Sitemap Best Practices

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2 minutes

Sitemaps vs Navigation

Sitemaps can sometimes be confused with website navigation. To clarify, a sitemap is a list of pages, whereas the website navigation is how you get to those pages. Navigation examples include links, search, and menus. These all get you to the page you are searching for, and where that page ‘sits’ in the website is dictated by your sitemap. Often the main menu of a website reflects most of the sitemap.

Best Practices for Sitemaps 

It is important to maintain your website's sitemap to improve your user's experience on your site and to make sure search engines can crawl the information across your site. 

  •  All pages are accessible within three clicks. Therefore, keep sitemaps to a maximum of three levels. If you have fourth-level of pages in your existing website, there are several design and functionality options to get this content into the third level and keep it easy to read. For example, you could use styling such as titles and headers, or page anchors.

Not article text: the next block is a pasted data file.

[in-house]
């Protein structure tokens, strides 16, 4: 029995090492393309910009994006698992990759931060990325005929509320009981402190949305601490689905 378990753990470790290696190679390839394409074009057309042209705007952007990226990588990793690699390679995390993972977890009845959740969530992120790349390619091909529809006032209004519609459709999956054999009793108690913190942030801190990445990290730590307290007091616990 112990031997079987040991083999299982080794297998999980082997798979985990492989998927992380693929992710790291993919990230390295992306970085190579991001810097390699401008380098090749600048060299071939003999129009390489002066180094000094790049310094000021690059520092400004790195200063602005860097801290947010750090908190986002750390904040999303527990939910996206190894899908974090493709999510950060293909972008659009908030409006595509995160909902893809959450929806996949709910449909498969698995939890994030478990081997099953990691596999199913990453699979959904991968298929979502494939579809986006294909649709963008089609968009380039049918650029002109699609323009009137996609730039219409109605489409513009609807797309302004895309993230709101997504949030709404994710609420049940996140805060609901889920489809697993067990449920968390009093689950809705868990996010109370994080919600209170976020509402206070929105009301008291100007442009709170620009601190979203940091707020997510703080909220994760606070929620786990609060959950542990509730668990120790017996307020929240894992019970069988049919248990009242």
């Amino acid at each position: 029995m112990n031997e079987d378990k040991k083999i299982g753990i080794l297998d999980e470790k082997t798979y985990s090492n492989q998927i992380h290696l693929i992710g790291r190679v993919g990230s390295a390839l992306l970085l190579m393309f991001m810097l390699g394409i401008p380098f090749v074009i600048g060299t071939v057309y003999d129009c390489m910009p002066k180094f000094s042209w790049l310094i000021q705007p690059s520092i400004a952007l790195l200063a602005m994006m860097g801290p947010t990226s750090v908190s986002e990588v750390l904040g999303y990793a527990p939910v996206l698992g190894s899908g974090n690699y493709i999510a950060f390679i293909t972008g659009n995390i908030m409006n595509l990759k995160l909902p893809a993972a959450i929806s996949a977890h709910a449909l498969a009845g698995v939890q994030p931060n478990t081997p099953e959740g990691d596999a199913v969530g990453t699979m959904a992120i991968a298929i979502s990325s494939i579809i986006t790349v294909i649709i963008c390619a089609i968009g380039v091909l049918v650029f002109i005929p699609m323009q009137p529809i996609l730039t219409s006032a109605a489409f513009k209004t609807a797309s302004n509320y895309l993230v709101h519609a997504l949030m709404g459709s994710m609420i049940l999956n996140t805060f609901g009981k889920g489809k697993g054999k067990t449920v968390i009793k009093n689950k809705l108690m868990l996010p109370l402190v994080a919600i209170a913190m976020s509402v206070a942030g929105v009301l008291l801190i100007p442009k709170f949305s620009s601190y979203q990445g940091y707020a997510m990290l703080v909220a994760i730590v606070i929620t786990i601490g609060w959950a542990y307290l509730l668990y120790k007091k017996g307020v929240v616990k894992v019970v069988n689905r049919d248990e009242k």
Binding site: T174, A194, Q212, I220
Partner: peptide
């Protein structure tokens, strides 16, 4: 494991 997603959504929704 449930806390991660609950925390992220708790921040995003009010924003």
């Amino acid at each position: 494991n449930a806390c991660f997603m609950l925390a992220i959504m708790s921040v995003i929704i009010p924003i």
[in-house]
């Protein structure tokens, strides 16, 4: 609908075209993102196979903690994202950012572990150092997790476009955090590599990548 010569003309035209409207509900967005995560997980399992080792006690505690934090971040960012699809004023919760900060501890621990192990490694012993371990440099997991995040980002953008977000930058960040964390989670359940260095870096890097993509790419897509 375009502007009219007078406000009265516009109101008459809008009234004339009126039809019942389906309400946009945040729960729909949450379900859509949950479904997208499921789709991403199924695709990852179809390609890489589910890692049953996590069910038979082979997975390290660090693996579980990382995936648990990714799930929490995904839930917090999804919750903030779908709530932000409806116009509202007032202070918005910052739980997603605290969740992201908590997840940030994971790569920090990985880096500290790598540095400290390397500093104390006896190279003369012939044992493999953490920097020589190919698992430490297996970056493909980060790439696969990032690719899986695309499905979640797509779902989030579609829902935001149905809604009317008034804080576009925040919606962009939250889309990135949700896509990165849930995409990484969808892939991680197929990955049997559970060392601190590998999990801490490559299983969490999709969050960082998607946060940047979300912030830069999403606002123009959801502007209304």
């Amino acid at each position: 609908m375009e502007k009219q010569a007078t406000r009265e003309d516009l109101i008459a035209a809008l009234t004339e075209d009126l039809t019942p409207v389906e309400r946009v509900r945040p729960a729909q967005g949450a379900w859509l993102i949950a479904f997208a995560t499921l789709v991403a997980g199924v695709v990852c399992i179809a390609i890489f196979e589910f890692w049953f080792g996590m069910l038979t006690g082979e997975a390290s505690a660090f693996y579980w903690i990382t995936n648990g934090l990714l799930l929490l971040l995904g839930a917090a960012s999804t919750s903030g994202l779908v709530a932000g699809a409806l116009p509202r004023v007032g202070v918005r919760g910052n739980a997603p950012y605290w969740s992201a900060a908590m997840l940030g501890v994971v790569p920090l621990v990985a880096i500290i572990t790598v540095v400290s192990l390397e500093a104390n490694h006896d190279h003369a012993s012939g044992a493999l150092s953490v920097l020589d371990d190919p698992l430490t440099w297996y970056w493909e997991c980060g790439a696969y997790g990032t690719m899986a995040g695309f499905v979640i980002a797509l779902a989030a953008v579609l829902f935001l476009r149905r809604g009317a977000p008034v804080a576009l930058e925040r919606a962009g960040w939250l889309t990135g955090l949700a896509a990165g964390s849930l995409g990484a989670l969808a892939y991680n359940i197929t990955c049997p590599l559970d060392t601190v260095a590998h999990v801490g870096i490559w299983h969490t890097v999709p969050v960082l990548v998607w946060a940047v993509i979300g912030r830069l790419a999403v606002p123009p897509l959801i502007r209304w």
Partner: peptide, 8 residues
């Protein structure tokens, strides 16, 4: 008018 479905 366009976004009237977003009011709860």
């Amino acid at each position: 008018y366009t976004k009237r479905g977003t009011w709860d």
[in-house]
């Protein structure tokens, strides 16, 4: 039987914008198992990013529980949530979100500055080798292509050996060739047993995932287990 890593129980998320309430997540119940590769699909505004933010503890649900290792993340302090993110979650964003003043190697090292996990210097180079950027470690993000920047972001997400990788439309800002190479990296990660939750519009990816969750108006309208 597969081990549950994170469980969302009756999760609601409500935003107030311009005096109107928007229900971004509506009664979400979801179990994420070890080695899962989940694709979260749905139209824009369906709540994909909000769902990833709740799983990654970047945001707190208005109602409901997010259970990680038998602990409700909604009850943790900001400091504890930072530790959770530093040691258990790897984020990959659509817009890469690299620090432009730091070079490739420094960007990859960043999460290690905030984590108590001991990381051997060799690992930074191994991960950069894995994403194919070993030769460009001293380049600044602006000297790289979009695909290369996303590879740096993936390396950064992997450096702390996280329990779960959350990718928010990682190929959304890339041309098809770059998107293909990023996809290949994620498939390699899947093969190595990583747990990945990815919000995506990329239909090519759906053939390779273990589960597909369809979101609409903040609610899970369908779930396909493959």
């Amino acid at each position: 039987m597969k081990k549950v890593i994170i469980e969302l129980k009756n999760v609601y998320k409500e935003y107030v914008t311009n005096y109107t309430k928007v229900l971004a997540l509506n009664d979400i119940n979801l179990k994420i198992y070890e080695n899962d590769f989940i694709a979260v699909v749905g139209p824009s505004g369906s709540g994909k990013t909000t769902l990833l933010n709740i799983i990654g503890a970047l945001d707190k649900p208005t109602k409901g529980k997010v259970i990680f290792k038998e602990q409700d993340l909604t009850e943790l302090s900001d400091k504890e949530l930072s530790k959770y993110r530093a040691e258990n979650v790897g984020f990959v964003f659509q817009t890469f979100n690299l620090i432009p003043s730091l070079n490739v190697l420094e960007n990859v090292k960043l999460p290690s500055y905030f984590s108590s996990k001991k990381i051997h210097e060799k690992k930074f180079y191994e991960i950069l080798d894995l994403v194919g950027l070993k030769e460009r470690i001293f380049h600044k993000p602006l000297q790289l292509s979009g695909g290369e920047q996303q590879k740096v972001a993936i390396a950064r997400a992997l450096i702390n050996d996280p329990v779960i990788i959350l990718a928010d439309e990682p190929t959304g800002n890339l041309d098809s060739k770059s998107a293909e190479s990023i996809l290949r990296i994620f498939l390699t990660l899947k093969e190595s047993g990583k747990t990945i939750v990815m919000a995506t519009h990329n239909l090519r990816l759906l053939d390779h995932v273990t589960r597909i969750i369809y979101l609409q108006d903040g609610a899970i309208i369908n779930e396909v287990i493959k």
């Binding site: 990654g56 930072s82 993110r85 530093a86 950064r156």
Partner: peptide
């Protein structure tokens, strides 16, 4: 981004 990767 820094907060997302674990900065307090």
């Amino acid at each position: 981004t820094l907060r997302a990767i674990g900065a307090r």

• Similar pages are grouped together.
  • There are no duplicated menu items.
  • Uses terminology of the audience (e.g. your customers or community) rather than industry jargon or based on your organization’s departments.
  • If there are several options for the name of a page, pick just one then include its synonyms within the page’s body content so that users can find it within your search, and search engines can scan clustered content terms.

While re-organizing a sitemap can be a big project if you have a large number of pages, following the above best practices will ensure it is simple to understand by having clearly defined categories and sections for your pages. Implementing a content governance system can also assist in maintaining your webpages and their content. 
We have team members that are experts in content strategy and re-organizing sitemaps, get in touch if you would like to learn more or have our team conduct a content audit on your site.